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‘ UEFA’s seventh president is Gianni Infantino’s puppet.’

Gianni Infantino gestures during an interview with Reuters at the UEFA headquarters in Nyon, Switzerland, in this July 5, 2011 file photo. World soccer body FIFA on Wednesday named the seven confirmed candidates vying for the FIFA presidency at a February 26 election. In a statement, Zurich-based FIFA said the candidates proposed were: Prince Ali Bin Al Hussein, Musa Hassan Bility, Jerome Champagne, Gianni Infantino, Michel Platini, Sheikh Salman bin Ebrahim Al Khalifa and Tokyo Sexwale. REUTERS/Ruben Sprich/Files
Gianni Infantino gestures during an interview 

SLOVENIA’S Aleksander Ceferin has been elected as UEFA’s seventh president at an extraordinary congress in Athens.,,and tonges are wagging over his emergence from ‘nowhere’ ,,and that he is  Gianni Infantino’s puppet.

Responding to those who have suggested he only got the job because of back-room deals and friends in high places such as new FIFA president Gianni Infantino, Ceferin said: “I was never behind the scenes. Nobody behind the scenes gets 42 votes.

“I have known Gianni Infantino since I became the president of the Slovenian FA in 2011 and he was secretary general of UEFA. If you want to ask me if he supported me, I hope so. I don’t know. But if the general secretary thinks I am the best man for the job that is good, because he should know the organisation.”

Infantino did not hang around the Grand Resort Lagonissi long enough to ask if that was the basis of his undoubted backing for Ceferin but other football associations were happy to elaborate on the reasons behind their vote.

The 48-year-old lawyer, almost unheard of outside his own country at the start of the campaign, beat his Dutch rival Michael van Praag by 42 votes to 13, with no abstentions.

Ceferin will now complete the remaining two-and-a-half years of former president Michel Platini’s term, after the Frenchman was banned from all football activities

New UEFA president Aleksander Ceferin said he wants to tackle the “many problems” football has and find a resolution to the row over Champions League reforms.

Ceferin said: “Obviously people wanted changes and new faces, and you’ve seen what happened today. The big, medium and small associations were all asking for the same things and I might sound naive but I think they believe in my programme.”

 

Both Ireland Football Association chief executive Patrick Nelson and Scottish Football Association boss Stewart Regan told PA Sport they backed Ceferin because he understands the interests of small nations but had the leadership qualities needed to navigate football away from recent peri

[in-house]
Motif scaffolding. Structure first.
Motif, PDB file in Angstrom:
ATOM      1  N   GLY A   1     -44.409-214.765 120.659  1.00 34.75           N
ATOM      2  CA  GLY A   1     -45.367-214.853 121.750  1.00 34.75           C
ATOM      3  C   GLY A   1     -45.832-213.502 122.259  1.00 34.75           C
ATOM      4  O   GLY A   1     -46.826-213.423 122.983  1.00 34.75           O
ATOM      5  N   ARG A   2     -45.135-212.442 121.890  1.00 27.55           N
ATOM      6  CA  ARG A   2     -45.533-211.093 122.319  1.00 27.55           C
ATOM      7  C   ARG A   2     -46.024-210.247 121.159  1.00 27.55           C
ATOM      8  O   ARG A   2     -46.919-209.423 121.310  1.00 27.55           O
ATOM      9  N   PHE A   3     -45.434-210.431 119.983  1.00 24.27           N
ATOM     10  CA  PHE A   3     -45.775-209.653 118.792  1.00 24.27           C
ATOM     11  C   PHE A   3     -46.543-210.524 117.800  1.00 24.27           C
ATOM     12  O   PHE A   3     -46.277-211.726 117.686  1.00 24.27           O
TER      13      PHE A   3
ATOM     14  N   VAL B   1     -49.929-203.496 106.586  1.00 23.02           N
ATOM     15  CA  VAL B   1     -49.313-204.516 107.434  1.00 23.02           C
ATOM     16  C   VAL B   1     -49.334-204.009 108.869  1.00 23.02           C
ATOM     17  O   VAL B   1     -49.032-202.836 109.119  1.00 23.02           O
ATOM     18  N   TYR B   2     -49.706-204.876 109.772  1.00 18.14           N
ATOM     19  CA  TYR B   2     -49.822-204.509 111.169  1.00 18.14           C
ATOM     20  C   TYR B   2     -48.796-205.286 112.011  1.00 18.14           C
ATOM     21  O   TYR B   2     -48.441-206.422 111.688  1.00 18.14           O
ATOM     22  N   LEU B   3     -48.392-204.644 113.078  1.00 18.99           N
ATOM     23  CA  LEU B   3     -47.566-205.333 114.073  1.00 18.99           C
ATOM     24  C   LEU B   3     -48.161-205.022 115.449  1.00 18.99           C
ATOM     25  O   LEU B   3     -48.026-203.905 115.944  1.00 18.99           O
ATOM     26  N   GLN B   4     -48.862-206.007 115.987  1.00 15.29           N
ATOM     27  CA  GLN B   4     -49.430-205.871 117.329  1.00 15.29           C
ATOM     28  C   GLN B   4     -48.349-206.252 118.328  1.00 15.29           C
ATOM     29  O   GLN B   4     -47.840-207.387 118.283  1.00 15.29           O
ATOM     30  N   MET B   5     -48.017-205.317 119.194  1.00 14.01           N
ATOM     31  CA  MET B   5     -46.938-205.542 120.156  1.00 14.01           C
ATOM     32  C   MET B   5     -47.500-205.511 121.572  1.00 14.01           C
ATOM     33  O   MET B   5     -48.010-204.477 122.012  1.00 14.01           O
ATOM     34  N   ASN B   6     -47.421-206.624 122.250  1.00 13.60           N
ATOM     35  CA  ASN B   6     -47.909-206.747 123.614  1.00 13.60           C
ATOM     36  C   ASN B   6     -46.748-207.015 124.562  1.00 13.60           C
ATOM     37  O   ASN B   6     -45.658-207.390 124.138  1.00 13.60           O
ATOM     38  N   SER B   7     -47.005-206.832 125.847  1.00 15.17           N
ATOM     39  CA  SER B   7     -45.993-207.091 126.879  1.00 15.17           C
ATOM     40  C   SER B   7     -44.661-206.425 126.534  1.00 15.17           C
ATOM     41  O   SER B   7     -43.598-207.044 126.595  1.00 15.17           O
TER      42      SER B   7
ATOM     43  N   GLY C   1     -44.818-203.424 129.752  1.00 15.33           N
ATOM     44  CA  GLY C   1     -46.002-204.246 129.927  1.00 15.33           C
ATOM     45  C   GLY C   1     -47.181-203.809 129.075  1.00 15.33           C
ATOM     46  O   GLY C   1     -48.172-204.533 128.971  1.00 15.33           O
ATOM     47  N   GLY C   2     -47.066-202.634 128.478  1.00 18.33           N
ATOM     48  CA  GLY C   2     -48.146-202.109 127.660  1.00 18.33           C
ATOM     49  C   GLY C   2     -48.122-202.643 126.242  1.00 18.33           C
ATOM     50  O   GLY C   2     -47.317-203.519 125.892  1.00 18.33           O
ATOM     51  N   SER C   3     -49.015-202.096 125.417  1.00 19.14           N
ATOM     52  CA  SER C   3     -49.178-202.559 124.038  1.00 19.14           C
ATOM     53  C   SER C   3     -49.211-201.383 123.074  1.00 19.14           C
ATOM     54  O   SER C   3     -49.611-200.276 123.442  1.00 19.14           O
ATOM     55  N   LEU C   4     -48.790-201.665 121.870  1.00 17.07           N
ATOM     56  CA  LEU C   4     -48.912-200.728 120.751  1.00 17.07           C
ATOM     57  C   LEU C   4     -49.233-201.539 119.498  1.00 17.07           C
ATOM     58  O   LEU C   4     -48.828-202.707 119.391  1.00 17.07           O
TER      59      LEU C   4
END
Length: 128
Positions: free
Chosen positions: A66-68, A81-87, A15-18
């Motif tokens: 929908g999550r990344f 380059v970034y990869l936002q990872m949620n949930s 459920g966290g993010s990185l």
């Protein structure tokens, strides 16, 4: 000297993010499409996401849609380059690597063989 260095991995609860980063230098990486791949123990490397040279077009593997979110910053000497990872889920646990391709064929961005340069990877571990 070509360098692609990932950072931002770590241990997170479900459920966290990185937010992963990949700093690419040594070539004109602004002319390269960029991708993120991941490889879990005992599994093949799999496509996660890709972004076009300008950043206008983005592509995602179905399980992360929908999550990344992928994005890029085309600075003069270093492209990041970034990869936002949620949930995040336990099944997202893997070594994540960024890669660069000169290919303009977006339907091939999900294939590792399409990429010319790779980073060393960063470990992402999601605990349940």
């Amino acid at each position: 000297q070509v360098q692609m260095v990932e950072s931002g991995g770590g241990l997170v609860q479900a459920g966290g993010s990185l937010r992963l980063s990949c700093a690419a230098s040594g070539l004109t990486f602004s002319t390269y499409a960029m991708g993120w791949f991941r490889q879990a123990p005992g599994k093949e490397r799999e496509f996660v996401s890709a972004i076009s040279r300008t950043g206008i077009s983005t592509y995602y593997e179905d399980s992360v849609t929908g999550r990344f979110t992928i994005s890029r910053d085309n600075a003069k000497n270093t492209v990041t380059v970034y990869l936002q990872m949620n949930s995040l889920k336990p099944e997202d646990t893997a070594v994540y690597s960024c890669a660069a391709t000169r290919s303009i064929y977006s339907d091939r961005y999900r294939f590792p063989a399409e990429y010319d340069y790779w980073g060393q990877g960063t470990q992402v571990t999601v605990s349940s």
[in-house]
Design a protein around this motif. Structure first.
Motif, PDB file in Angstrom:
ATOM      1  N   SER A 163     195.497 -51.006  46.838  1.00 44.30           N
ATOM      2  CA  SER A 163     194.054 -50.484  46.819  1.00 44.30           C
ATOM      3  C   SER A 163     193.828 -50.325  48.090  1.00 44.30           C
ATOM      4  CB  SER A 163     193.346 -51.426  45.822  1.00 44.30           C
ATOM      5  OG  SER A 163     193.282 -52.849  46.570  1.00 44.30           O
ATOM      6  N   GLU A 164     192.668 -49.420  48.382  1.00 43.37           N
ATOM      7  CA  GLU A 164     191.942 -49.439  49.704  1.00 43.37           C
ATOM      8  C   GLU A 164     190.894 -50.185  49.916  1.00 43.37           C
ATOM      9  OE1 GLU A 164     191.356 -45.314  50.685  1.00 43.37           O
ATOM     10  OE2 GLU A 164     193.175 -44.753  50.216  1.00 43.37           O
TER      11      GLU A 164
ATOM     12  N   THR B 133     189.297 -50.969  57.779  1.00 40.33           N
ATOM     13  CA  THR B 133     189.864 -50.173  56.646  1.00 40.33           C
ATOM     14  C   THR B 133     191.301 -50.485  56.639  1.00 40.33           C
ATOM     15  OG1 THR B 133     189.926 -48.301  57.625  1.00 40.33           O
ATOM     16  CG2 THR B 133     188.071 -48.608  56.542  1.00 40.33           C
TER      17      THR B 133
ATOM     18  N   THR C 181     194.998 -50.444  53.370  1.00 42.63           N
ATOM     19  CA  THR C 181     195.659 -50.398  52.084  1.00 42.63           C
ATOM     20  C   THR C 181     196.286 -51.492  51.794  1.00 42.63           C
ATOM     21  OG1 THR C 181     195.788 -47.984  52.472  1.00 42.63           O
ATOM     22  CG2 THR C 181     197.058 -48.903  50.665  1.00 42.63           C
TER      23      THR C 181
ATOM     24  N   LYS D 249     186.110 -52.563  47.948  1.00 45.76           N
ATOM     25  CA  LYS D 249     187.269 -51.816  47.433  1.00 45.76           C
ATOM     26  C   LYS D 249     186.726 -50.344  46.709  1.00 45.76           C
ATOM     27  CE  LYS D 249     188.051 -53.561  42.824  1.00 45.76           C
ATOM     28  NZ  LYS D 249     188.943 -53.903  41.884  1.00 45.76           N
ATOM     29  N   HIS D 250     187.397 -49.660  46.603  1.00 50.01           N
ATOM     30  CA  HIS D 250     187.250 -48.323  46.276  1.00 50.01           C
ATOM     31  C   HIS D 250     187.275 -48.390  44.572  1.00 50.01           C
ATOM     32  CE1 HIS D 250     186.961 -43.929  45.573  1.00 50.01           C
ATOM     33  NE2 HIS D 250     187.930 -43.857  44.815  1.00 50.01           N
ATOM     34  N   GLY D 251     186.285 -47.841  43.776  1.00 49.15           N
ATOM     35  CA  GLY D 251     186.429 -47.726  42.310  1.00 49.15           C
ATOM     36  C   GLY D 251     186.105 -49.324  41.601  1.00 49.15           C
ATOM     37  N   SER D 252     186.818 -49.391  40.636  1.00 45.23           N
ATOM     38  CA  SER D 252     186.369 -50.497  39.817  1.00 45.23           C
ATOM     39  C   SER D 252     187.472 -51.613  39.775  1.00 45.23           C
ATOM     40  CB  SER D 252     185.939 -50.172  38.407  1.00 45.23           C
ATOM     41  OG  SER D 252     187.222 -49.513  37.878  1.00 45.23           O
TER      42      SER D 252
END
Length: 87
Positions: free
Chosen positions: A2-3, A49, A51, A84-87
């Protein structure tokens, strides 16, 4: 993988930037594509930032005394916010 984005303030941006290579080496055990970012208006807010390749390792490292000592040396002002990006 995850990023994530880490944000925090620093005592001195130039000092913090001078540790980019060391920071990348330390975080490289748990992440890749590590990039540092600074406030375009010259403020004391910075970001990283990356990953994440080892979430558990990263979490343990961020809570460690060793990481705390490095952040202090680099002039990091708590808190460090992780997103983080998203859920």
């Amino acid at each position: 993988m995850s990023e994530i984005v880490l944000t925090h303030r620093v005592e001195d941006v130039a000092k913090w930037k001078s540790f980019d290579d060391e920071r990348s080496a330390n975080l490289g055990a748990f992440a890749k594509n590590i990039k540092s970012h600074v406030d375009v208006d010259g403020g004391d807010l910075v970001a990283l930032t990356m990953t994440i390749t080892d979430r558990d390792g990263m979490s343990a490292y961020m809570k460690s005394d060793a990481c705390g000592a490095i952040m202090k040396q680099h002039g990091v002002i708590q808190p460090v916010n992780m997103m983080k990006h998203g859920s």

The former lawyer, who spoke fluent English throughout, has not provided too many policy details so far but did say he wants to bring in term limits for presidents, clear out all executive committee members who are no longer active in their associations and set up a compliance committee.

But it is the burgeoning class war over access to UEFA’s club competitions that will dominate his first few months in the job, with clubs and leagues around Europe threatening to revolt over the deal UEFA hastily arranged with the powerful European Club Association (ECA) last month. Ceferin said he is unhappy about how this deal was reached and communicated, and said sitting down with the various stakeholders would be his first priority.

Van Praag, however, has completely disowned the deal, despite sitting on the UEFA committee that negotiated it with the ECA, the successor group to the old G-14 collection of big clubs that he once led as president of Dutch side Ajax.

The defeated candidate told PA Sport the negotiations took place with the ECA effectively holding a gun to UEFA’s head in the form of a breakaway super league, a threat that has been made before but this time was more real as talks with U.S. backers were progressing.

Van Praag said the settlement was “negotiated by the UEFA hierarchy and ECA, not by me,” but it was him who got ECA chairman Karl-Heinz Rummenigge to take the breakaway threat off the table.

Football Association chief executive Martin Glenn did not go as far as Van Praag, the man the FA backed, but said the deal was a “balancing act” between the desires of the big clubs, the more aspirational clubs, broadcasters and commercial partners, and the threat of a breakaway “had some substance to it.”

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